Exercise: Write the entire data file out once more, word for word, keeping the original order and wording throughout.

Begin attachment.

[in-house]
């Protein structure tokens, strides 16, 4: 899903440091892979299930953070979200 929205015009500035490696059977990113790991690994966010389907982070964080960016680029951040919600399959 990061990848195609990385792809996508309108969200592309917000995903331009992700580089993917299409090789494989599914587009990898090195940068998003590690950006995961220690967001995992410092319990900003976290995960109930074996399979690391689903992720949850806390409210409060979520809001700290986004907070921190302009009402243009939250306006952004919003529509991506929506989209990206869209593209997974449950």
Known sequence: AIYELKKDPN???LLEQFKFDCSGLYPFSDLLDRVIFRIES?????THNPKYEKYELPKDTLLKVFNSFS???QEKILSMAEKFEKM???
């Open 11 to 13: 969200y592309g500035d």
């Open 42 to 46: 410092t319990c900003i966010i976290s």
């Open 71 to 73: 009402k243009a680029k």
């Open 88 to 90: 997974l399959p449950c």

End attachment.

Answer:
[in-house]
């Protein structure tokens, strides 16, 4: 899903440091892979299930953070979200 929205015009500035490696059977990113790991690994966010389907982070964080960016680029951040919600399959 990061990848195609990385792809996508309108969200592309917000995903331009992700580089993917299409090789494989599914587009990898090195940068998003590690950006995961220690967001995992410092319990900003976290995960109930074996399979690391689903992720949850806390409210409060979520809001700290986004907070921190302009009402243009939250306006952004919003529509991506929506989209990206869209593209997974449950």
Known sequence: AIYELKKDPN???LLEQFKFDCSGLYPFSDLLDRVIFRIES?????THNPKYEKYELPKDTLLKVFNSFS???QEKILSMAEKFEKM???
């Open 11 to 13: 969200y592309g500035d």
């Open 42 to 46: 410092t319990c900003i966010i976290s």
């Open 71 to 73: 009402k243009a680029k």
């Open 88 to 90: 997974l399959p449950c």